Keeping Mice out of your Home
It’s autumn and that means mice. This time of year mice are entering homes in preparation for winter. While it’s impossible to never have a mouse, there are things you can do to make your house less attractive to them.
Why do mice like my house?
Mice love older homes. These houses have gaps and other small holes that make it easy for mice to get inside. Older homes often have detached garages, which are built like sheds rather than insulated homes. These garages are not airtight and there are usually large gaps around the garage door or between the foundation and the walls. Newer homes are much more energy efficient, which means steps have been taken to close these small holes, but that doesn’t mean the new homes are immune. Take a look around your yard and see if you have these features that make your house more attractive to mice.
Yard Features that attract mice:
- Dense shrubbery. Mice are timid creatures and need places to hide. If these are against your home, it will give mice the perfect place to hide while they look for a way into your home.
- Wood piles. Everyone loves a fire in autumn, but those wood piles can host a number of pests. Stack firewood away from your home and keep wood covered and dry to deter insects and rodents.
- Scrap piles. Mice love to nest in any small space. That scrap pile in the yard is the perfect place for them to nest. If these piles are against your home, heat from you room will warm the space, providing the perfect environment for mice.
- Bird feeders/baths. While feeding your feathered friends, keep in mind that many rodents love seed and that birdbath provides a source of fresh water as well.
Can I get rid of the mice on my own?
While your pest professional is your best resource for rodent management, there are some things you can do on your own to combat the problem.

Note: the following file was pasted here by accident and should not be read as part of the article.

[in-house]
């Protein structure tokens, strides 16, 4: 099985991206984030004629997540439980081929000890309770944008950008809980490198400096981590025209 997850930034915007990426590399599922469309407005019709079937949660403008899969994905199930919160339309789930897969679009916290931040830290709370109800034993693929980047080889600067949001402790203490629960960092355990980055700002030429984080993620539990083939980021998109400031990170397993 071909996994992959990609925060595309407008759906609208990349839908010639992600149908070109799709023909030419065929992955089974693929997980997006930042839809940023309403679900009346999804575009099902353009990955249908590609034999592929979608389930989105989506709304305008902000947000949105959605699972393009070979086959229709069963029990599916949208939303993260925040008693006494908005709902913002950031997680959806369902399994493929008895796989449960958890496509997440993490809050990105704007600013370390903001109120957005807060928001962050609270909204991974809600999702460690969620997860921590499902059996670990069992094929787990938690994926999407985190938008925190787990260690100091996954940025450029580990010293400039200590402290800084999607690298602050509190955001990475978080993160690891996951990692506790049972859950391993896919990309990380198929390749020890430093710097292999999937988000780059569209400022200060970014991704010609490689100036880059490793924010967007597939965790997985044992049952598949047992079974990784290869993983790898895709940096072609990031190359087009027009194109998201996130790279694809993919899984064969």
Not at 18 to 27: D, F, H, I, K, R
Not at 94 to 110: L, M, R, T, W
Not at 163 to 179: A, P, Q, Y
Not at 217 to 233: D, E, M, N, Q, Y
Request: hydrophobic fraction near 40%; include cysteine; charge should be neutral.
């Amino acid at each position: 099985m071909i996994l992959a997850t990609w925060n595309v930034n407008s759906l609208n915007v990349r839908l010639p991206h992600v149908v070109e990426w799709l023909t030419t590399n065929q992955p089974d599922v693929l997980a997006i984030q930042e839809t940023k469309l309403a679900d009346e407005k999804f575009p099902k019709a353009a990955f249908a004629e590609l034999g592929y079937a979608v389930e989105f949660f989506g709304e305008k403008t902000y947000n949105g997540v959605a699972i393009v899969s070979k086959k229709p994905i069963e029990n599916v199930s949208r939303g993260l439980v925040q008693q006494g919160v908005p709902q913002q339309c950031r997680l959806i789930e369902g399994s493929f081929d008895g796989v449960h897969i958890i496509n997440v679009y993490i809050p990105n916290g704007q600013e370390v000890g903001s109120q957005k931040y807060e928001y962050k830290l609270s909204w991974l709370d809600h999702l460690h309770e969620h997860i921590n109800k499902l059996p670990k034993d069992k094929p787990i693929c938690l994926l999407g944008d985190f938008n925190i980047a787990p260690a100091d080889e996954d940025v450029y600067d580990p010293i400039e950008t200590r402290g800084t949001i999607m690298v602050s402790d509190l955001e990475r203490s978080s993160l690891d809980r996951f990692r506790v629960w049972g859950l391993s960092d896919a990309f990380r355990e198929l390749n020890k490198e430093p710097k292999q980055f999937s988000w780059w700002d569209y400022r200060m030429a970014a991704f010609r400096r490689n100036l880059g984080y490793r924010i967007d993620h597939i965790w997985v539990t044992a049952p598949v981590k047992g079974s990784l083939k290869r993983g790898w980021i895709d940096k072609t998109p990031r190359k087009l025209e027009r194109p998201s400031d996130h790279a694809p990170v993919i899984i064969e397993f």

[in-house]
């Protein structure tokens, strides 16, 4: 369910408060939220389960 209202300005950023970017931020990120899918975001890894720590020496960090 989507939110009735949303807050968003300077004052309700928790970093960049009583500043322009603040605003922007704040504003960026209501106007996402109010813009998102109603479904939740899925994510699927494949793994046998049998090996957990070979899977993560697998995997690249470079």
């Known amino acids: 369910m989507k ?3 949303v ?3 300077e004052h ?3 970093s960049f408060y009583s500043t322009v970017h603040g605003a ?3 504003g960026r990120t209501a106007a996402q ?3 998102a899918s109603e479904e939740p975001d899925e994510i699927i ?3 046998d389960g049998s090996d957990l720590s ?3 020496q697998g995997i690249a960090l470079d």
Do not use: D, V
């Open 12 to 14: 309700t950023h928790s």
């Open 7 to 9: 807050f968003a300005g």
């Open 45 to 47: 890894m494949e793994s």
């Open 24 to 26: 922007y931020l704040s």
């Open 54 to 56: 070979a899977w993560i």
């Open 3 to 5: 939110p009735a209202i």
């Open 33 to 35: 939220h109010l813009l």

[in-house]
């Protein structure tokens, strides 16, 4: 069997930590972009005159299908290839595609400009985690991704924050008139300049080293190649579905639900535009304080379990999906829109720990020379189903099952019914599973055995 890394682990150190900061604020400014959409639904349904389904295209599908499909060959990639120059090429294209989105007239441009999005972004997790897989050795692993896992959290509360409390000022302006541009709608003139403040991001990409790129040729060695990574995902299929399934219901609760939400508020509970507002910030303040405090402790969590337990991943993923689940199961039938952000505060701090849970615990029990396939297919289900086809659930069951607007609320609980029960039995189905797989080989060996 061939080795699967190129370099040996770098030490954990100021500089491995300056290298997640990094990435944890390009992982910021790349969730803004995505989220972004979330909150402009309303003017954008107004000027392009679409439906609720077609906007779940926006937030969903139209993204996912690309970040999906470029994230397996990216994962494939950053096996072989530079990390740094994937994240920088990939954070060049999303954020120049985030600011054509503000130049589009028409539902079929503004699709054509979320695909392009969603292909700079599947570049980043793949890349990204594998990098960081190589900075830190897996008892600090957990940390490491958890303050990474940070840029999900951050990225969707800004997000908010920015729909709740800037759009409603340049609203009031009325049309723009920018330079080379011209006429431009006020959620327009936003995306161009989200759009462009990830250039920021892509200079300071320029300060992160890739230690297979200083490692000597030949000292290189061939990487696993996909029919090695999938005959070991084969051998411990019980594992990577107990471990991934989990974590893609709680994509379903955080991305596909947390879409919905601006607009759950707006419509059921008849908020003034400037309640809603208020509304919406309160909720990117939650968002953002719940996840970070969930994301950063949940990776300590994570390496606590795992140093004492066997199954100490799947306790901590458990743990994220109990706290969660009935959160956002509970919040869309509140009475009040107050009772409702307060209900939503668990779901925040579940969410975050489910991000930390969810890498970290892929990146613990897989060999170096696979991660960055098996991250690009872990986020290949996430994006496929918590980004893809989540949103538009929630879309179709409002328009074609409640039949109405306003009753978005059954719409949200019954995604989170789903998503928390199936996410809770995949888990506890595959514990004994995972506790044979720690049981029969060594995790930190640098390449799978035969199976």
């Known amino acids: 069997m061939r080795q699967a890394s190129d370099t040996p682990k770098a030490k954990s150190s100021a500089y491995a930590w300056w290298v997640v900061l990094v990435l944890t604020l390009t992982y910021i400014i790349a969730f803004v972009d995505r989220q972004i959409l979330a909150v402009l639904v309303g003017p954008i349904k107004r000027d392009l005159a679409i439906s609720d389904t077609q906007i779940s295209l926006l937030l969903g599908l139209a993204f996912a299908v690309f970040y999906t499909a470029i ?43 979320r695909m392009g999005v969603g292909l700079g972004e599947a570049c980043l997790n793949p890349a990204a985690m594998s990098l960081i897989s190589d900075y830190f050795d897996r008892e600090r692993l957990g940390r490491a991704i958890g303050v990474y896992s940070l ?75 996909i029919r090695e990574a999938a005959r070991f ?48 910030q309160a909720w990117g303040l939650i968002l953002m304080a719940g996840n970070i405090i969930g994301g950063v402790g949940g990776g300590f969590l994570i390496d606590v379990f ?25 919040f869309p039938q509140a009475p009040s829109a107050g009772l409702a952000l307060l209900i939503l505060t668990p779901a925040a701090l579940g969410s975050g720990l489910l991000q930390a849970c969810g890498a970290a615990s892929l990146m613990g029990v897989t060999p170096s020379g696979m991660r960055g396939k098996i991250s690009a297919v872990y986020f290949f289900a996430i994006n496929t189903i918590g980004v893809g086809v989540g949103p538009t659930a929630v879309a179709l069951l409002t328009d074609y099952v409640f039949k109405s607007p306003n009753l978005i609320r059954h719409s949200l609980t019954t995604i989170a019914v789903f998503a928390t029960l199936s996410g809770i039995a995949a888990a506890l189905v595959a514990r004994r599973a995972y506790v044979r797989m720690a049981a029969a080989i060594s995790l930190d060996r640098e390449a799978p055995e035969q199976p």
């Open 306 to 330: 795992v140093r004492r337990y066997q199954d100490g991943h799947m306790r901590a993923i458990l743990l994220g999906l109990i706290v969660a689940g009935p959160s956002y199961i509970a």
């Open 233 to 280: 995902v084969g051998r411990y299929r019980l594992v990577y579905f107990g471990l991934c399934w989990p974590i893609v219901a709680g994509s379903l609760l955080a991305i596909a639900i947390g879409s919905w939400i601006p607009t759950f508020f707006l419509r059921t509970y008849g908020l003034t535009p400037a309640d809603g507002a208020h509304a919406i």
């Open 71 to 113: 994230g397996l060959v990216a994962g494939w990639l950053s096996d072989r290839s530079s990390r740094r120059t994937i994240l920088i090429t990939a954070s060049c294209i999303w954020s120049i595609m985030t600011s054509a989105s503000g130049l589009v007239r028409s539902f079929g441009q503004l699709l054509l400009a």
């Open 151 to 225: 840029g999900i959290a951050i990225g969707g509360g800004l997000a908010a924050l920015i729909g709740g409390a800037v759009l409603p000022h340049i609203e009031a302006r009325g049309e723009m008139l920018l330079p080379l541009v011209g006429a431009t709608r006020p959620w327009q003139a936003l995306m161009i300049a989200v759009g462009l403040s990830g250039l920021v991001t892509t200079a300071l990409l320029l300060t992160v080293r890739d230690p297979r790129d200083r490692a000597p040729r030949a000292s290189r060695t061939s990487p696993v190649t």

- Close off gaps in your home and garage- Use caulk and steel wool to fill in small holes and gaps leading into your home. Mice can squeeze through holes that seem smaller than they are. If you see a gap, caulk it.
- Declutter and reorganize- Mice can chew through cardboard and plastic bags. Use heavy duty bins that seal tightly in your garage. Raise bins and other storage off the floor. This will reduce the number of potential nesting spots. If you see evidence of mice in your pantry, clean up open/spilled food and seal staples away in sturdy, tightly sealed containers
- Clean up your garage and pantry- Grass seed, bird seed and pet food will feed mice all winter long. Open food containers in your pantry will attract these pests to your kitchen.
- Outside keep your lawn and garden trimmed, and remove lawn debris and scrap piles. Tidy lawns are less prone to mice.
- Use scent repellants- Mice quickly become accustomed to repellants making any effects short-lived.
- Rely on a cat. Cats can reduce the number of mice in an area, but they cannot reach all areas that mice tend to hide.
- Use sound machines or ultrasonic repellers- They simply do not work.
- Use cayenne pepper. Mice may not eat this spice, but it doesn’t deter them.
- Ignore signs of an infestation. Mice breed rapidly!
While there’s no way to guarantee you will never have a mouse. There are things you can do to make you home less attractive to them. By following these tips you can help keep your home a safe haven for you and your family, not mice.